Turbocharger bearings systems are an often overlooked but critical component of the turbocharger. A properly designed bearing system can spell the difference between a turbocharger design that operates efficiently and effectively over the life of the engine and one that is plagued by durability problems. Turbocharger bearing systems are also evolving in the face of increased pressure to reduce engine fuel consumption and emissions. Newer engines often demand higher turbocharger efficiencies that in in many cases, can be partially achieved by reducing losses due to the bearing system.
The turbocharger bearing system must be tolerant of
- High thrust loading. High boost pressure acting on the compressor wheel can create significant thrust loads. In variable geometry turbines, the thrust loading can be even higher due to the ability of a VGT to drive the compressor to higher boost pressures at low flows. A low flow in the VGT usually means a small nozzle setting and low static pressure acting on the turbine wheel that is unable to significantly offset the corresponding compressor thrust.
- Oil contaminants. Longer engine oil change intervals and higher soot loading due to engine emission controls such as EGR can lead to oil contamination that can corrode bearing surfaces.
- Oil supply delay. Low ambient temperature and long oil feed pipes can increase the time it takes for lubricating oil to reach the turbocharger upon engine start-up. Even at low idle the turbocharger speed can be relatively high shortly after start-up and lead to potential problems with bearing system wear.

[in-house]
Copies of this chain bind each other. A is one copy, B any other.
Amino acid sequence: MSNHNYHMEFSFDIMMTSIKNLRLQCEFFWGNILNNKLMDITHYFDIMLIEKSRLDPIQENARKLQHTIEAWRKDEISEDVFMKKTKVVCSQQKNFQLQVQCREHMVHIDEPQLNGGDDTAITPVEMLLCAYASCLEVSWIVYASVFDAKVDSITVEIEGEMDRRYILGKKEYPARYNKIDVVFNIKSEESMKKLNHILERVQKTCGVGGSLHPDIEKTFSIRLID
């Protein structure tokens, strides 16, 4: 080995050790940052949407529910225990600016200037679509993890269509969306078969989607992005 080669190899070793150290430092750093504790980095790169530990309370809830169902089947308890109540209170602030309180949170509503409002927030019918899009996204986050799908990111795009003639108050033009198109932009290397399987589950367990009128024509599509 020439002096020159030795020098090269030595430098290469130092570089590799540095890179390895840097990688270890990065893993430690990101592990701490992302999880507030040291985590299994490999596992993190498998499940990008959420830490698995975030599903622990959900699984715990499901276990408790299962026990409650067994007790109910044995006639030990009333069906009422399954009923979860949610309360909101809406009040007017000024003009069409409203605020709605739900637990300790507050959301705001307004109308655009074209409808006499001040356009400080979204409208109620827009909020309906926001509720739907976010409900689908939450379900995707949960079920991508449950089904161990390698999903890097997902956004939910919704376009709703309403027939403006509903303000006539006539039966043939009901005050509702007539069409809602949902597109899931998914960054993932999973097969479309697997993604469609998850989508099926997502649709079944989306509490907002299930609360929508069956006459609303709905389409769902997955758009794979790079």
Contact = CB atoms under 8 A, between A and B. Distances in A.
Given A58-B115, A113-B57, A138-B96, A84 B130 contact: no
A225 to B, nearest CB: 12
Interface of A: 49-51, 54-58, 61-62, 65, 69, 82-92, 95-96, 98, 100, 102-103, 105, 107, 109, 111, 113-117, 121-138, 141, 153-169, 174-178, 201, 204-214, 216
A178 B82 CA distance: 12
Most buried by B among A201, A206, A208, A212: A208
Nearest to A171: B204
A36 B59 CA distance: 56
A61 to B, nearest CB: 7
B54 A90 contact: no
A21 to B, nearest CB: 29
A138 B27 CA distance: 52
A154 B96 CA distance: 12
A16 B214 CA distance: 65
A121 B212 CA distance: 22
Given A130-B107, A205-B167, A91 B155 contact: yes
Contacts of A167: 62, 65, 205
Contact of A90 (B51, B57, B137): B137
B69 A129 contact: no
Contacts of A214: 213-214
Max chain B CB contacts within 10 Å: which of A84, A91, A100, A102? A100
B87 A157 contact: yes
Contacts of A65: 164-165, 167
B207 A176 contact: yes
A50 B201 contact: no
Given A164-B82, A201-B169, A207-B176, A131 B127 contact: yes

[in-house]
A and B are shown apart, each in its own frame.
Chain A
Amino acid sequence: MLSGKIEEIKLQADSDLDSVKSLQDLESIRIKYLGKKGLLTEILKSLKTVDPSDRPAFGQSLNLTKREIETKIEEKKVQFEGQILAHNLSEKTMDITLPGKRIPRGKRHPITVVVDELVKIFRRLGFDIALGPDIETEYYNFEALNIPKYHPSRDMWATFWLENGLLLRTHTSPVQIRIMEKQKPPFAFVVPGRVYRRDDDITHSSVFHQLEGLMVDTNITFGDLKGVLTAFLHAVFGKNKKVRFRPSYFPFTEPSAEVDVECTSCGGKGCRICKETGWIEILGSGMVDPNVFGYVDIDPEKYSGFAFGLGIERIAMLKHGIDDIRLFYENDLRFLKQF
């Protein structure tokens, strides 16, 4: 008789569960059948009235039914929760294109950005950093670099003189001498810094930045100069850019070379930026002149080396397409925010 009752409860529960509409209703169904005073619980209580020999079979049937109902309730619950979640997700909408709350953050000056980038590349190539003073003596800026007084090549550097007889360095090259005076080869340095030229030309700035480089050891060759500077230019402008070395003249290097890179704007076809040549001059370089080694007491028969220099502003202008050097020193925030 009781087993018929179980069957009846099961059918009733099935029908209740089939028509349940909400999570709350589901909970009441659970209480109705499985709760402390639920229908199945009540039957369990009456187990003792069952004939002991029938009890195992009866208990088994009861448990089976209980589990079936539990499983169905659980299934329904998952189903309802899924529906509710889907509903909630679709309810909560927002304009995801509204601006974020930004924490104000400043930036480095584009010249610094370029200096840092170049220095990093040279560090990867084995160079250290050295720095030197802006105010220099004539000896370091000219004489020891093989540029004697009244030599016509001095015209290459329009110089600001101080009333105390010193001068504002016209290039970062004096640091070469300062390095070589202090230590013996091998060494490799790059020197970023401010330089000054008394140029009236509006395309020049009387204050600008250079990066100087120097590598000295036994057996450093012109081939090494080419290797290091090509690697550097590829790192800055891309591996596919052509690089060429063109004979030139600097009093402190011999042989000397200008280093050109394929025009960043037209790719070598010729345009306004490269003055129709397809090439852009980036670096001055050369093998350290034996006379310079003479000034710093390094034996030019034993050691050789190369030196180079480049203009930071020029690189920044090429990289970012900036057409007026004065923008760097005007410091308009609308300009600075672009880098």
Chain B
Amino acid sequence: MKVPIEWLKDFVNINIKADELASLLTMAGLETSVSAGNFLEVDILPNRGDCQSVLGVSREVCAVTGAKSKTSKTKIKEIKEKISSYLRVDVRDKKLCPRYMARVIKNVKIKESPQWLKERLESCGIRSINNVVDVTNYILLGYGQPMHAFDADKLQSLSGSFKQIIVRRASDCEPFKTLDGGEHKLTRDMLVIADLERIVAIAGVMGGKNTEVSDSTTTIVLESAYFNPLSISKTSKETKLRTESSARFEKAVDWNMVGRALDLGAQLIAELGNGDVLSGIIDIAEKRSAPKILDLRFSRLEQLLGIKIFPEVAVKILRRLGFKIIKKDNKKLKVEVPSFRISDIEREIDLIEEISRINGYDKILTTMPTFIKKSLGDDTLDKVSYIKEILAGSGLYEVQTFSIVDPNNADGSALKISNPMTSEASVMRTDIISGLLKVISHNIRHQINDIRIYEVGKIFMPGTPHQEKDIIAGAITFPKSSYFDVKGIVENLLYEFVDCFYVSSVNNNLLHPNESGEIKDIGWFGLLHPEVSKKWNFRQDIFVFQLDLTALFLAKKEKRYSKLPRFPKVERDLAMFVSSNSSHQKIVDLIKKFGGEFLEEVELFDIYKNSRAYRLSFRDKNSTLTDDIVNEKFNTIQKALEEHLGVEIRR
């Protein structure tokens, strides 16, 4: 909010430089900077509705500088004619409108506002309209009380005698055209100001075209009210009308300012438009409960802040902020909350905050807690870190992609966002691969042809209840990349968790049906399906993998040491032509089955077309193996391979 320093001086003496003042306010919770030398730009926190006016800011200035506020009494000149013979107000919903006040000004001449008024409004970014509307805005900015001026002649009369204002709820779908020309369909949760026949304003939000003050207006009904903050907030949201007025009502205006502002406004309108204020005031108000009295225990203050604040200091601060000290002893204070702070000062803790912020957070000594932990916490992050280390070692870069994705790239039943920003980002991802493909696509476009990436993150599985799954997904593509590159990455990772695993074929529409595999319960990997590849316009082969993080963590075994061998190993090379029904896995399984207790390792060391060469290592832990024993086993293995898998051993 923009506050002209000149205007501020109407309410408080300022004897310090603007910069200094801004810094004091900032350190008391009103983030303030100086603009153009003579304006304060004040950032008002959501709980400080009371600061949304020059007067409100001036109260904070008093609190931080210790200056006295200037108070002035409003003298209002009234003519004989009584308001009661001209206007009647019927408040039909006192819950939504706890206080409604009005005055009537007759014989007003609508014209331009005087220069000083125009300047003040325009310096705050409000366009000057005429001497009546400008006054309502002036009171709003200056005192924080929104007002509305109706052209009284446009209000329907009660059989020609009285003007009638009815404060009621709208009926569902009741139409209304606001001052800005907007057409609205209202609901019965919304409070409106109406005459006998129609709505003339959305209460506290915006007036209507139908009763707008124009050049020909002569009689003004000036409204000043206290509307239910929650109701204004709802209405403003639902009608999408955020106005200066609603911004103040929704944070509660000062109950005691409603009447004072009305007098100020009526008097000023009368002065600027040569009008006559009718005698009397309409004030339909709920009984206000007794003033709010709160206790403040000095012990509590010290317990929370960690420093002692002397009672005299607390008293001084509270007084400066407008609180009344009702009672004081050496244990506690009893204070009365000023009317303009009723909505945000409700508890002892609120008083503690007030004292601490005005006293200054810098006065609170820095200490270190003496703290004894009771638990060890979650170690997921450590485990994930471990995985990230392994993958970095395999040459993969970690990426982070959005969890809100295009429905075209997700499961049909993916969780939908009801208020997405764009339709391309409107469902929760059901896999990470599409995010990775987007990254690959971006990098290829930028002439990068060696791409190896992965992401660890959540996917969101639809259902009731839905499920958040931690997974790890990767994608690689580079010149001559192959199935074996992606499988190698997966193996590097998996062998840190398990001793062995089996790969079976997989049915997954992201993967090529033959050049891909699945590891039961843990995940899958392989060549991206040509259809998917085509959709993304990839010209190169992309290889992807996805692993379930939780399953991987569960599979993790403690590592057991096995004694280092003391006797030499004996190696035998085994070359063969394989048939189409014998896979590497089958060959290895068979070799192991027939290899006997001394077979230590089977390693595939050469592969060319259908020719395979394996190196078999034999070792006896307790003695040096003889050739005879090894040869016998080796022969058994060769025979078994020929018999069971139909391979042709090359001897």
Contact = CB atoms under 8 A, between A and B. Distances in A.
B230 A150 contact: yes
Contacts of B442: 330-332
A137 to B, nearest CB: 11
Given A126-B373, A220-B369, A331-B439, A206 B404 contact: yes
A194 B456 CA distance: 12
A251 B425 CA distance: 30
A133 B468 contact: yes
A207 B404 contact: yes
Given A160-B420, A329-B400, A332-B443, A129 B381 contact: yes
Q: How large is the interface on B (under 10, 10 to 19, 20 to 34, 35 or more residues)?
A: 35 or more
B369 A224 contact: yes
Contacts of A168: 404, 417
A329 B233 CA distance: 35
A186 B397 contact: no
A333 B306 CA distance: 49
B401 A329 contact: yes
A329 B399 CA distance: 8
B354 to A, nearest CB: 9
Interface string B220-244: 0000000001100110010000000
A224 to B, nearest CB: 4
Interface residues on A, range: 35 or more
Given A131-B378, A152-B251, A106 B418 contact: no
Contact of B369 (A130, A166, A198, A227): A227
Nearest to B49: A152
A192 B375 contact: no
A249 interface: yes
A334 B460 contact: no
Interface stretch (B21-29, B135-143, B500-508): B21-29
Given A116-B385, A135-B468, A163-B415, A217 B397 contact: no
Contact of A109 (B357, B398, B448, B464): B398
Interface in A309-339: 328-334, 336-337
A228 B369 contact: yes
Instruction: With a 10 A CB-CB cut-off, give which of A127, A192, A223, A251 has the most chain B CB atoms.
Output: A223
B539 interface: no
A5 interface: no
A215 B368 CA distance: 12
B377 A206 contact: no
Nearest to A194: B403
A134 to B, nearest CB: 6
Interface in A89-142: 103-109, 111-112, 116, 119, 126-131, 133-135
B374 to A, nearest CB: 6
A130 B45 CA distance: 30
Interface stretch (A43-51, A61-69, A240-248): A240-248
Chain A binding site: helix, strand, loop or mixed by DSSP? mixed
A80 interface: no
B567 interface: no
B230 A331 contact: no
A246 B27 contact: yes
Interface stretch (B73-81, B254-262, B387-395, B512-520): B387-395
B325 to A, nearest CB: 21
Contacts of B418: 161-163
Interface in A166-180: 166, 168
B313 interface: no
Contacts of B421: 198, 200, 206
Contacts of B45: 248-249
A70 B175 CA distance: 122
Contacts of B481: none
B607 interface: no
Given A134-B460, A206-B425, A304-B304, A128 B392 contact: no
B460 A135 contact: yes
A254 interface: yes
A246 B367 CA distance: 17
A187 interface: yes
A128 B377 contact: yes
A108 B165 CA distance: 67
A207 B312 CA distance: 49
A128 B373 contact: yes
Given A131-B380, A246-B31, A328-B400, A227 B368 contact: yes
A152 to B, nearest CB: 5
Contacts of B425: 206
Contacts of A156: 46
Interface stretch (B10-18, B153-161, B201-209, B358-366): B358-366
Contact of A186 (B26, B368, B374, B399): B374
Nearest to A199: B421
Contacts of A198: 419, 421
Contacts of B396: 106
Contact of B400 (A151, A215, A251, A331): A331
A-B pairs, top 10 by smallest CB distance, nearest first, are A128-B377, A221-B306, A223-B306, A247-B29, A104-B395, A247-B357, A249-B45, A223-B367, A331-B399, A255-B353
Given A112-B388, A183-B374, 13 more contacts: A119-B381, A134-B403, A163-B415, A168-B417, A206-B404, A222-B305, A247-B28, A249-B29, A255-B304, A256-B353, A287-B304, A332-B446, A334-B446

- Hot shutdown. Continuous operation at high exhaust temperature followed immediately by an engine shutdown without idle can cause localized overheating and coking of the oil in the bearing housing and subsequent damage to bearing surfaces.
In an era of increased pressure to reduce emissions and fuel consumption, reducing bearing friction can play a critical role in improving cold start emissions and fuel economy. Also, as engine oil viscosities become lower, either through the use of low viscosity oils or dilution by fuel during post injections for DPF regeneration, turbocharger bearing systems must adapt to maintain rotor-dynamic stability and to avoid increased wear
Modern commercial turbocharger bearing systems can be split into two principal types: hydrodynamic journal bearing systems and ball bearing systems. Hybrid systems are also possible that combine journal and ball bearings.
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